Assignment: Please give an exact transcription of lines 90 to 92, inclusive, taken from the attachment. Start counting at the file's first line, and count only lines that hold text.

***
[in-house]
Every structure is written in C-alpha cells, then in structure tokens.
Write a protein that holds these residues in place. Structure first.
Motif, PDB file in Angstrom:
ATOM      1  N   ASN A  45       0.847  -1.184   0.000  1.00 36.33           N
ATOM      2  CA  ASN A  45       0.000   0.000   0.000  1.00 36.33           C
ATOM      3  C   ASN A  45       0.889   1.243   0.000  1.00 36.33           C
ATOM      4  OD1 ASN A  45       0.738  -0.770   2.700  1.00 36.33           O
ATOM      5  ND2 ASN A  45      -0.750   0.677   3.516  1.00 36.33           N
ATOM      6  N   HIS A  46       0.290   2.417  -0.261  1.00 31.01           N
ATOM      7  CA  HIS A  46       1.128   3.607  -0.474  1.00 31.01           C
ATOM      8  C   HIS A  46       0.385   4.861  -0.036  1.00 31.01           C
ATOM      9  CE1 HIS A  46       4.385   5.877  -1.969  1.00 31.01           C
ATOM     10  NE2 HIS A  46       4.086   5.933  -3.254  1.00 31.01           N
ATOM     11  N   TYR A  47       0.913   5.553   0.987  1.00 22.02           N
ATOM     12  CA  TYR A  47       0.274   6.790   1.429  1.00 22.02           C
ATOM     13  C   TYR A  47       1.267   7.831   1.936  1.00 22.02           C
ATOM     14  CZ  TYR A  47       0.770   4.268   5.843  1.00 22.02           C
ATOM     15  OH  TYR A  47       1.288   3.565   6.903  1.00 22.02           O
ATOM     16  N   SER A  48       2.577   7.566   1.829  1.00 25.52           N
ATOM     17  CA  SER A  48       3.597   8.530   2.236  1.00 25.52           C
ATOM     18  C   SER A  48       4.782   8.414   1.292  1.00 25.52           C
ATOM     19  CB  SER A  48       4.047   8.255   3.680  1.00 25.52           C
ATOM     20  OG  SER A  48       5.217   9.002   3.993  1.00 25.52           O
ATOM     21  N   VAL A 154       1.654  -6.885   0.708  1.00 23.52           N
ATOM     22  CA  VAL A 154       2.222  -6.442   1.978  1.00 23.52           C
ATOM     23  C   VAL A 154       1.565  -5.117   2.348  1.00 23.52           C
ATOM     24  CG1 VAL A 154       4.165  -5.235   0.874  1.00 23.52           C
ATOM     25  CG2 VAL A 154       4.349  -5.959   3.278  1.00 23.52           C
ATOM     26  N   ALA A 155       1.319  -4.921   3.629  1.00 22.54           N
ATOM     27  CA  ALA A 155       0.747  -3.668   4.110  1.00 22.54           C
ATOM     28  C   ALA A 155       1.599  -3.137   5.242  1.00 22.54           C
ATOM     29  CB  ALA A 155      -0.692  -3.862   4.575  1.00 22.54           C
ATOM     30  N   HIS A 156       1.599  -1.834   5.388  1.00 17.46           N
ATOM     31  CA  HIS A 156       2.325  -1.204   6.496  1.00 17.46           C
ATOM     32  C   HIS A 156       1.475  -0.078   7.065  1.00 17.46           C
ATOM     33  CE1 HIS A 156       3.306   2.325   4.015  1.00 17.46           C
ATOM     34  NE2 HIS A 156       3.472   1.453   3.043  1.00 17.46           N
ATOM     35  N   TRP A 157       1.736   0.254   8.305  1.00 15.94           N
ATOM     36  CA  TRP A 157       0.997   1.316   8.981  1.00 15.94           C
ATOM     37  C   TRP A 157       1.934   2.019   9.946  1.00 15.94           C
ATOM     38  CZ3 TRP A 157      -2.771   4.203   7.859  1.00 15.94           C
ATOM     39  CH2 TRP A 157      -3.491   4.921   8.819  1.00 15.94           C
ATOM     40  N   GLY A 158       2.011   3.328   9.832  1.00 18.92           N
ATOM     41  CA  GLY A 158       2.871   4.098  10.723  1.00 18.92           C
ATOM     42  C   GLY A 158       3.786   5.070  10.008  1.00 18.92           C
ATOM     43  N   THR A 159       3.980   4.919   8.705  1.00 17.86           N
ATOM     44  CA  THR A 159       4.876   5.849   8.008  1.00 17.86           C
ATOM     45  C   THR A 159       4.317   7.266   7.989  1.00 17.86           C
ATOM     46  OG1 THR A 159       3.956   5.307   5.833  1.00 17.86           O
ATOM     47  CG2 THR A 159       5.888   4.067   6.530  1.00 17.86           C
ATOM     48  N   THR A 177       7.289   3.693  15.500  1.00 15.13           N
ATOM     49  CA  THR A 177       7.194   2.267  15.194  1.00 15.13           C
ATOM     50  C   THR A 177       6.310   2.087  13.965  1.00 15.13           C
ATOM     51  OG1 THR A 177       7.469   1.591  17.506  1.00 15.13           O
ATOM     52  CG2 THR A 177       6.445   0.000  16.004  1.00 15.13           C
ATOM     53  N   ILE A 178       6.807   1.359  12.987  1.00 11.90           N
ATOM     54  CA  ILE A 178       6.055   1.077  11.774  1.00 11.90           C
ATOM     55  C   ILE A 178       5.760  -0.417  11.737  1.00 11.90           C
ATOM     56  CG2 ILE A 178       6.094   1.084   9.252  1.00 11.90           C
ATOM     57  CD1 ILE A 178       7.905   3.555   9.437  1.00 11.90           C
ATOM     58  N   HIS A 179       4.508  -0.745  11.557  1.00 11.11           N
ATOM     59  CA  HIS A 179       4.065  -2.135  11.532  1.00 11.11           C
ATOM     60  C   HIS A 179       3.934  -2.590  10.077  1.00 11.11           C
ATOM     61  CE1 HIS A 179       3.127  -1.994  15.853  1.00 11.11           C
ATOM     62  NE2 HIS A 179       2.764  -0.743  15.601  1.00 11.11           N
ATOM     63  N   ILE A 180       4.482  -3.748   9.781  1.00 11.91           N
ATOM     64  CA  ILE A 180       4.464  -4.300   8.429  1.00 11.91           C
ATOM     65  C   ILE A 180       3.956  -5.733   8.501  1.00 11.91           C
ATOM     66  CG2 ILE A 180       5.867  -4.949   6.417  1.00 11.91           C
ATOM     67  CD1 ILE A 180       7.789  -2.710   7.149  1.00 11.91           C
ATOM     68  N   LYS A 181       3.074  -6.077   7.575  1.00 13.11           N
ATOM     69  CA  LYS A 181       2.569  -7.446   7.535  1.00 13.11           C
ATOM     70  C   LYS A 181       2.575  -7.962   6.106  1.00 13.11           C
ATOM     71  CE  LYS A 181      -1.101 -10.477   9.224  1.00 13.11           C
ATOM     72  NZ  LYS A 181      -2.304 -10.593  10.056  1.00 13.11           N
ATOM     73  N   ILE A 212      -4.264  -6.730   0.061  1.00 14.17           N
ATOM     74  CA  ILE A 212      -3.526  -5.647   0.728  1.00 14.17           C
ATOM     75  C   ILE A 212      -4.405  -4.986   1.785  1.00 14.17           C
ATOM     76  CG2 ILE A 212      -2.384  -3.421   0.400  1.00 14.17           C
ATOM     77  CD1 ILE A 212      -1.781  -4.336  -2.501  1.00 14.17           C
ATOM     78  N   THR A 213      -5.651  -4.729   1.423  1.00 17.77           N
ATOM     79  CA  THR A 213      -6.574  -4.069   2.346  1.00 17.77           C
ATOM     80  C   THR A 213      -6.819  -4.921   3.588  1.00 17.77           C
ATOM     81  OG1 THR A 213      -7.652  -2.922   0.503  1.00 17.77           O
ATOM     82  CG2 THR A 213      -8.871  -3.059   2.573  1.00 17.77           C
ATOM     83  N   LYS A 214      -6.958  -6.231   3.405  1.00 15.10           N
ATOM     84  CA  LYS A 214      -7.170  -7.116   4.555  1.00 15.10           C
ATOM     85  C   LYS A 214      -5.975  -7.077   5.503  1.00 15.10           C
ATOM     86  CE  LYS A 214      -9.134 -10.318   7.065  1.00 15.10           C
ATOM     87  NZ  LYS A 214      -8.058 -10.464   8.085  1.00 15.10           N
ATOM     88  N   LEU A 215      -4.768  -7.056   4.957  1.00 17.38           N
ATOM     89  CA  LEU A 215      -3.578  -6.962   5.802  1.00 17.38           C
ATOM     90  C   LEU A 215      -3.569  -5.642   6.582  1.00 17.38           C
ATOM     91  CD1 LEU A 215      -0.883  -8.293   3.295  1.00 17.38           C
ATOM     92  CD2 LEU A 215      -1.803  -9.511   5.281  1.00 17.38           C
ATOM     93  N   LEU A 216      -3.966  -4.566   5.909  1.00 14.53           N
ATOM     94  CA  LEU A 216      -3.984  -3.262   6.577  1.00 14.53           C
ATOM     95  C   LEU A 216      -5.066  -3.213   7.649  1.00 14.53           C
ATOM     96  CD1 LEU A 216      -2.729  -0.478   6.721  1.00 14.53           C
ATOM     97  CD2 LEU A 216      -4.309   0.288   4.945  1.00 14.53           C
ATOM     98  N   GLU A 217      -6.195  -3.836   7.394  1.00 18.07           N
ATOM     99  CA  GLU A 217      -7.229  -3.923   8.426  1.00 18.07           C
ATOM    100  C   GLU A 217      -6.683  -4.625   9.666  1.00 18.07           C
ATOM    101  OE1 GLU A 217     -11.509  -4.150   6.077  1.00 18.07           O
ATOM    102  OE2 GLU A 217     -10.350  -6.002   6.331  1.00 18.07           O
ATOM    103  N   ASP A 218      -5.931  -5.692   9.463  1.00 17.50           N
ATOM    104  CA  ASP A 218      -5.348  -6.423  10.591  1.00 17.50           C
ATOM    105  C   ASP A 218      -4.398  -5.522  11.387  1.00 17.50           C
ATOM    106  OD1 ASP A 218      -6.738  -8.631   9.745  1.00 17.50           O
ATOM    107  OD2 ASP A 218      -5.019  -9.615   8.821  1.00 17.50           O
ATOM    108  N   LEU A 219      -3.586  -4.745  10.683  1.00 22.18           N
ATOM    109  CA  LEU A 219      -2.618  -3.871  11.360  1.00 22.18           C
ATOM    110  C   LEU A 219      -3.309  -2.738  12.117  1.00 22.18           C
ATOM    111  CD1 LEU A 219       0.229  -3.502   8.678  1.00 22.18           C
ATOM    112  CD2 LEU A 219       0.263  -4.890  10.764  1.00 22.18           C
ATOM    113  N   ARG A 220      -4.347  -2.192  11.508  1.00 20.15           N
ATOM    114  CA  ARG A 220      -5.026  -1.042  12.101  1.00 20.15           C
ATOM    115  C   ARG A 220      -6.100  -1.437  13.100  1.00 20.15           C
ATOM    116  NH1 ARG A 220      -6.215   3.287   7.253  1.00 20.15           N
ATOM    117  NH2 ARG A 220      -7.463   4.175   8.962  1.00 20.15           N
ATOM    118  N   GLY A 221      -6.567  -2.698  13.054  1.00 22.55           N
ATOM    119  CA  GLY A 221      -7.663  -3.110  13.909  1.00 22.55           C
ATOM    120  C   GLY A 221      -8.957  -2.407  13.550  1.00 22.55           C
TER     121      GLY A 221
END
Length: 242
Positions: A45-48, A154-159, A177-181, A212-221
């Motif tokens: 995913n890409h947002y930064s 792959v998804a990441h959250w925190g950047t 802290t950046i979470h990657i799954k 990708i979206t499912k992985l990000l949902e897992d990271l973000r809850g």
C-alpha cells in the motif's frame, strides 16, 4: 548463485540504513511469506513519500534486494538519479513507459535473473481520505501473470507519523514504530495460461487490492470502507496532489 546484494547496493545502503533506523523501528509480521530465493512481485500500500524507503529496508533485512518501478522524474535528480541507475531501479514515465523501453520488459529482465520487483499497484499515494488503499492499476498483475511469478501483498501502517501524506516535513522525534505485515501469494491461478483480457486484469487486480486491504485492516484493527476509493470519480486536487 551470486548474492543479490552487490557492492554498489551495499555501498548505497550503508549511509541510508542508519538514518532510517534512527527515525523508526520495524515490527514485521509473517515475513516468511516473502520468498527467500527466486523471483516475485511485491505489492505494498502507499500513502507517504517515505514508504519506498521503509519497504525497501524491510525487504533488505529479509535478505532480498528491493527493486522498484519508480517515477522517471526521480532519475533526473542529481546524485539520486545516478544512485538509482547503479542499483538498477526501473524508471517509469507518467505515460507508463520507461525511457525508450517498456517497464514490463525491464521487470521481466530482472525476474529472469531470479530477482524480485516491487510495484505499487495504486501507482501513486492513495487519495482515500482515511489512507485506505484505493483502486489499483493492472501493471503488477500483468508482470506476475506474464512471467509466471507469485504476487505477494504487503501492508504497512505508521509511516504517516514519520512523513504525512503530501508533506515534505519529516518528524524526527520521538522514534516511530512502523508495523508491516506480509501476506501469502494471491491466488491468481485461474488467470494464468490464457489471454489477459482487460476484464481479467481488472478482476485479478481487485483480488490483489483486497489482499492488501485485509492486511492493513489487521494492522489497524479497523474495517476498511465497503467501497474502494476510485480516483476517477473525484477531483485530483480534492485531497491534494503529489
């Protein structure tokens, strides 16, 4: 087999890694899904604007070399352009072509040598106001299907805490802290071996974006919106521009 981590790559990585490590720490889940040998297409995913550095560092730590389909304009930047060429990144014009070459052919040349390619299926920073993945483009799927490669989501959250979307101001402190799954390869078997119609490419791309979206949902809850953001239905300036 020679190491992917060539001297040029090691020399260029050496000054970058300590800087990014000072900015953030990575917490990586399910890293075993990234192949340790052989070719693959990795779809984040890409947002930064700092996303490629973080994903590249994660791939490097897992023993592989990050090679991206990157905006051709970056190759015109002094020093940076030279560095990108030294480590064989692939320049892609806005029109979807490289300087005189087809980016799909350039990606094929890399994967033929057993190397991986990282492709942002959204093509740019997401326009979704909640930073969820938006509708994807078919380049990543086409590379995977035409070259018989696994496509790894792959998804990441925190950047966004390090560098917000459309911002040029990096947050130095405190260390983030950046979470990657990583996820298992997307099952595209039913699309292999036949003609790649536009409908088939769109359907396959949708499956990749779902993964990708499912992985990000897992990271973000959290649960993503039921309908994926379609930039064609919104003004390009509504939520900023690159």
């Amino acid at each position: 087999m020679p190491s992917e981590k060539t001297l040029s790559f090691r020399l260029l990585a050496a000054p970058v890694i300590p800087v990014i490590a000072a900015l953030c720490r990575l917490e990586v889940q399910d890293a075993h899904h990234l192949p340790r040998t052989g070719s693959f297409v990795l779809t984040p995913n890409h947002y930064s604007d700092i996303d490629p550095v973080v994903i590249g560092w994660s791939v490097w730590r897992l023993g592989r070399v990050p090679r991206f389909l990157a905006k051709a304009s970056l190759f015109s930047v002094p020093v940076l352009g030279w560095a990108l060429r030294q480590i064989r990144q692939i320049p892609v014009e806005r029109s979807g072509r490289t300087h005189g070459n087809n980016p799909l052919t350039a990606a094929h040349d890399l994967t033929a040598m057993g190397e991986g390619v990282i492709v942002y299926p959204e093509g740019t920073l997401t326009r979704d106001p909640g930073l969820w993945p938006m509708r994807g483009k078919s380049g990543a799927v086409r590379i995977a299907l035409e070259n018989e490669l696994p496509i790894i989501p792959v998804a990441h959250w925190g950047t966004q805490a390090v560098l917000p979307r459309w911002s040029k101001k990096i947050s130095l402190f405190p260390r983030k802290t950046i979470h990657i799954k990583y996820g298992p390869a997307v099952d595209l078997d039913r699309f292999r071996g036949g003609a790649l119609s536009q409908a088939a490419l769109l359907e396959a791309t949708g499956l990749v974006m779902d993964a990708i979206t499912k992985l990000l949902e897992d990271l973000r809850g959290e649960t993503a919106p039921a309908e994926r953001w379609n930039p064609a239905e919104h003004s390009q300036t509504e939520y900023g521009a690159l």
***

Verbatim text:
ATOM     86  CE  LYS A 214      -9.134 -10.318   7.065  1.00 15.10           C
ATOM     87  NZ  LYS A 214      -8.058 -10.464   8.085  1.00 15.10           N
ATOM     88  N   LEU A 215      -4.768  -7.056   4.957  1.00 17.38           N